The Wecht trial: Hounding jurors
Big Brother is making house calls to learn why jurors did not vote as the government had wanted in the federal public corruption trial of former Allegheny County coroner Cyril H. Wecht.
Two jurors said they were unnerved by FBI requests for home visits to explain why the jurors deadlocked on each of the 41 counts.
"Intimidating" is how the jury foreman describes it.
"Commonplace" is how Margaret Philbin, spokeswoman for U.S. Attorney Mary Beth Buchanan, sees it.
The investigating agency (the FBI) for the prosecuting attorneys usually participates in the post-verdict discussion with the jurors, she says. But the feds couldn't even do that right: The jury was excused before government officials could speak with jurors.
The retrial is scheduled for May 27.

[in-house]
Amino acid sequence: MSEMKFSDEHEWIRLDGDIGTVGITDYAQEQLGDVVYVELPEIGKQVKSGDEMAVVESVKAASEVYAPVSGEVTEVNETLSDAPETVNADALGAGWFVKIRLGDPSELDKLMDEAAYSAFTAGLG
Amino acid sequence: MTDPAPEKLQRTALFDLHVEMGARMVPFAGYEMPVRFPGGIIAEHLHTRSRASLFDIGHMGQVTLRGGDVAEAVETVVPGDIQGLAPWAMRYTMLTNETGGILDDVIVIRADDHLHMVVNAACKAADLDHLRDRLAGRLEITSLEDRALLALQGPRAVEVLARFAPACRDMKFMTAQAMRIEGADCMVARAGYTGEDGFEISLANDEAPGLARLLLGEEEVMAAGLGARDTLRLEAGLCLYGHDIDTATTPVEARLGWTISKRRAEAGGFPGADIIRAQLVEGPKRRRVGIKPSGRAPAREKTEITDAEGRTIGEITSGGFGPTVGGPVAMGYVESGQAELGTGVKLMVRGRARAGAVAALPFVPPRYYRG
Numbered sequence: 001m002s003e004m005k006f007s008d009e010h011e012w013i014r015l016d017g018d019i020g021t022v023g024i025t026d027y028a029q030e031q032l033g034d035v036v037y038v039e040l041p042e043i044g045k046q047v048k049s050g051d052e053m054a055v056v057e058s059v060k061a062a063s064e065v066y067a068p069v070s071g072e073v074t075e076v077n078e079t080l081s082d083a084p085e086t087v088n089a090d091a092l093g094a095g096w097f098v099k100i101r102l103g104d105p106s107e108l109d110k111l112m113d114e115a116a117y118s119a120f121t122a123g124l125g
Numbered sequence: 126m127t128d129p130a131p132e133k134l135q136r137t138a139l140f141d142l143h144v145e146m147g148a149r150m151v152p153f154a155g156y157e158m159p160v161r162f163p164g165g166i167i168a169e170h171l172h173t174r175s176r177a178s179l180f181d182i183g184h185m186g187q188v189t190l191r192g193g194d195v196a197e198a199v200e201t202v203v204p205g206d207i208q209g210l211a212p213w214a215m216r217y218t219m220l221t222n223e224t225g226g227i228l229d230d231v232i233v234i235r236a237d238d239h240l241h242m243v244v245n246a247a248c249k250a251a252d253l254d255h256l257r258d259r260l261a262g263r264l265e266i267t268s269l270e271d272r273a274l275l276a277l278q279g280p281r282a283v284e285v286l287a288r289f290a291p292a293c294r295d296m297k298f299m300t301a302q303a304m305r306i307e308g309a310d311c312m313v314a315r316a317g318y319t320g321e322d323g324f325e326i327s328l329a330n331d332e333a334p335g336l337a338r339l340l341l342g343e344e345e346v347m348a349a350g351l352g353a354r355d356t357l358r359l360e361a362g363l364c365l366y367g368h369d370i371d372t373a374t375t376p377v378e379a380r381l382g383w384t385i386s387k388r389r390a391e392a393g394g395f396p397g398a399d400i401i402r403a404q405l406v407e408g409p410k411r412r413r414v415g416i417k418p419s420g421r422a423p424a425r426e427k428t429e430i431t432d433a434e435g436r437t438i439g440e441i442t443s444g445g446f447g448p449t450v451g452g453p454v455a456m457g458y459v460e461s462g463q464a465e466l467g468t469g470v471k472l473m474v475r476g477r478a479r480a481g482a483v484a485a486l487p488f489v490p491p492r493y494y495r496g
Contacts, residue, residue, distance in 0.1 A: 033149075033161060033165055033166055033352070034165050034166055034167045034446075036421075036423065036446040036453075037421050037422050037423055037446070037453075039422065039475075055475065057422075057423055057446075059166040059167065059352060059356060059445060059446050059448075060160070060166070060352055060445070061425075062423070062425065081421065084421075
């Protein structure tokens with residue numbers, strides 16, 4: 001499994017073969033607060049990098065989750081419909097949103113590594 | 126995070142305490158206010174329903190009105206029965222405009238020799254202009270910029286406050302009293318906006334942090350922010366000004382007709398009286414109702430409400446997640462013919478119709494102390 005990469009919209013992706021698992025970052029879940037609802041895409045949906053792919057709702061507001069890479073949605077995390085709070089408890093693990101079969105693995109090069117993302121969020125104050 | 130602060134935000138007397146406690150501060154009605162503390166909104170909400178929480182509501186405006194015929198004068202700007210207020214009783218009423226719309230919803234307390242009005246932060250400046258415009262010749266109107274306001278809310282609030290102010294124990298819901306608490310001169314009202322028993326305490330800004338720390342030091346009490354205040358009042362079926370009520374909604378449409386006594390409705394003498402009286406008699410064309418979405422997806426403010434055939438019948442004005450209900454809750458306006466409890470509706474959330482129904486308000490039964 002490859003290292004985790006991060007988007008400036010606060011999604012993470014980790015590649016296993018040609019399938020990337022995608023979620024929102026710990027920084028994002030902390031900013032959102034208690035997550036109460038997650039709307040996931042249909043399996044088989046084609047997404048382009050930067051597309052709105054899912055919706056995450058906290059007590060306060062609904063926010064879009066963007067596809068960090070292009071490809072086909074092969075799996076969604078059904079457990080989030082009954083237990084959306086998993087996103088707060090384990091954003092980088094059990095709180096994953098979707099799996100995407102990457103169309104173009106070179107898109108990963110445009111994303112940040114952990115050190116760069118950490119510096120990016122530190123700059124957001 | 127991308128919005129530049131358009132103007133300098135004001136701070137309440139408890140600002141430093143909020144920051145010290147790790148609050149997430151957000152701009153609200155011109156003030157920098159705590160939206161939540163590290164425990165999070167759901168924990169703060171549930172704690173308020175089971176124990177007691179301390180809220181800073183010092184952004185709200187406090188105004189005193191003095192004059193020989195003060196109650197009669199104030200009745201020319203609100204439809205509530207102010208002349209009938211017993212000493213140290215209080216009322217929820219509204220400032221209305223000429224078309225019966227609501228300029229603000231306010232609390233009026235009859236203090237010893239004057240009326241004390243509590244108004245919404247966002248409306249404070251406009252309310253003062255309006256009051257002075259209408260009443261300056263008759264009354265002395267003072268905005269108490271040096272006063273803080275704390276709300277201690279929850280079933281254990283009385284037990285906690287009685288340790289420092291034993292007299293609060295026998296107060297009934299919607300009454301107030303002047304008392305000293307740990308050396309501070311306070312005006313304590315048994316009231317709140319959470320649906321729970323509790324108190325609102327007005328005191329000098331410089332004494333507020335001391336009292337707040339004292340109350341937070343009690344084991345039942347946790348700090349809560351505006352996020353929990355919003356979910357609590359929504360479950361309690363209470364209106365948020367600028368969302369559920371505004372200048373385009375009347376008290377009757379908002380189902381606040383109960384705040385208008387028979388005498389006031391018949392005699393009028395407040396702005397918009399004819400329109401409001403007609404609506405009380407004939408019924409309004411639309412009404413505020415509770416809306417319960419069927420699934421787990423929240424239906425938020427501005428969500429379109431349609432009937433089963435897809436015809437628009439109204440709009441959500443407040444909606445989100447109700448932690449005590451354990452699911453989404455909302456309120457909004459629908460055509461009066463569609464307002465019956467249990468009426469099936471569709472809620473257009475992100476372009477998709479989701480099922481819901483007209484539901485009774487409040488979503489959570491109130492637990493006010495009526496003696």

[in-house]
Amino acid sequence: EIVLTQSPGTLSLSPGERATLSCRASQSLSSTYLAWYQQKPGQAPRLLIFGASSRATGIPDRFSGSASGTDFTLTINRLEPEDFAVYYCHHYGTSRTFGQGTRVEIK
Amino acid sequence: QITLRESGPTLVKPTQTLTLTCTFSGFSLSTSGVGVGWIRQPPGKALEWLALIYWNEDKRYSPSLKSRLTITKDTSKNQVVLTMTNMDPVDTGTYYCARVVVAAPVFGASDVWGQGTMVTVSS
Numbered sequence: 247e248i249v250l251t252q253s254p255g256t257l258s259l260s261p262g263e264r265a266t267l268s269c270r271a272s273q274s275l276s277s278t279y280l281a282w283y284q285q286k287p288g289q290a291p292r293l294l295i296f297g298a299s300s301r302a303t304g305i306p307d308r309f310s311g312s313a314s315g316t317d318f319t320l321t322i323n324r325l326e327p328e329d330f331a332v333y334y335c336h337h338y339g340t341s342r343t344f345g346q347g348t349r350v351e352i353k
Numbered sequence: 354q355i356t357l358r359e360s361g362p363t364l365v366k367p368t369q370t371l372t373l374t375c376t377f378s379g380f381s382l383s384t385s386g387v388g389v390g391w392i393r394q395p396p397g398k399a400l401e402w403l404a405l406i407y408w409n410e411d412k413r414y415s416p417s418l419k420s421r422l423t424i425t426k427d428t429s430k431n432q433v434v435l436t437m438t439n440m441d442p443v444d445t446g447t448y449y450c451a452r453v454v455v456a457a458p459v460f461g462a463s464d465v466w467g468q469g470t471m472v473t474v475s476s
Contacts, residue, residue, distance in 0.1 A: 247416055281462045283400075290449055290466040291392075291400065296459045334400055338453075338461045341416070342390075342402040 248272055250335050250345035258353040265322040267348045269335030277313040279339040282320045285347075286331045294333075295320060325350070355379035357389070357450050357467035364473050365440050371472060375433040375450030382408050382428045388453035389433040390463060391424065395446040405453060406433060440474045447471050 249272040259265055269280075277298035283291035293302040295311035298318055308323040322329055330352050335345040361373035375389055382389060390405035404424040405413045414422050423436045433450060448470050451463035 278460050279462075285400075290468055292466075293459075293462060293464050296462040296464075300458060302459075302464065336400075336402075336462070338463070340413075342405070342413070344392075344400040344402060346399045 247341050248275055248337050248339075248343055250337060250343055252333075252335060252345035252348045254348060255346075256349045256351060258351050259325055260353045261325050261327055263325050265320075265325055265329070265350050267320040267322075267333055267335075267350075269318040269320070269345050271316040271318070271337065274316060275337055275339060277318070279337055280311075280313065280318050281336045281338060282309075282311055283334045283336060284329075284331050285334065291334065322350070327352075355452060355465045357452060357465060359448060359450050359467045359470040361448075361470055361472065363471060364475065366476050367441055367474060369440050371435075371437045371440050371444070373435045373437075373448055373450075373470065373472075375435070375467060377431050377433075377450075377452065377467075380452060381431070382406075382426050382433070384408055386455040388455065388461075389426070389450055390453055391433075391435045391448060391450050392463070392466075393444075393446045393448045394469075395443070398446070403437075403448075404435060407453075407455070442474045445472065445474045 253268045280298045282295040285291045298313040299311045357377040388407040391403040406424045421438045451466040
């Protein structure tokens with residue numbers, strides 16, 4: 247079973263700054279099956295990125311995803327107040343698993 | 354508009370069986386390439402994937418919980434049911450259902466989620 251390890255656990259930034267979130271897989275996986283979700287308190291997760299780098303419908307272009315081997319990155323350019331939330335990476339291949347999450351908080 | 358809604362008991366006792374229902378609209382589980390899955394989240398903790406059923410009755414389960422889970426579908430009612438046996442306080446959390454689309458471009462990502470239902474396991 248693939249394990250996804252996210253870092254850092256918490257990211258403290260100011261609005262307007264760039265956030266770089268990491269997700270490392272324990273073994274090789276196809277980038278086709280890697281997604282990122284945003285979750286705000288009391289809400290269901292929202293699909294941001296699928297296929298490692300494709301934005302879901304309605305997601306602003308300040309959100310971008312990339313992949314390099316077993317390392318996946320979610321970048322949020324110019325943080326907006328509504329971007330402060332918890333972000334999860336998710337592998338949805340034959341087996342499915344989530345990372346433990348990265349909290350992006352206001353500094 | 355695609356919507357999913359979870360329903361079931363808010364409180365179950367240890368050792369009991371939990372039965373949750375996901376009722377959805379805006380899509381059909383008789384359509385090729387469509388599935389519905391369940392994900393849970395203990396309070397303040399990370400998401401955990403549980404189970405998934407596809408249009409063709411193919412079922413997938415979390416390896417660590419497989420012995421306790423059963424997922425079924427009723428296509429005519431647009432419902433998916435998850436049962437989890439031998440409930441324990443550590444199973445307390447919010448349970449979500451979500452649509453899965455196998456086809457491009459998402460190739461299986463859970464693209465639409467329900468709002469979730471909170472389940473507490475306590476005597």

Government's high-priced prosecution of Dr. Wecht, up to and including the questioning of the jurors, is nothing less than outrageous. And that very well could have a chilling effect on prospective jurors fearing that a "not guilty" verdict -- in this or any other government case -- could lead to a visit by inquisitive G-men.
The U.S. attorney must accept the fact that, after wasting untold amounts of the public's money, her office could not get a single conviction -- even though the defense called no witnesses.
So, failing to make a case, the prosecution sent in government's bloodhounds. How pathetic.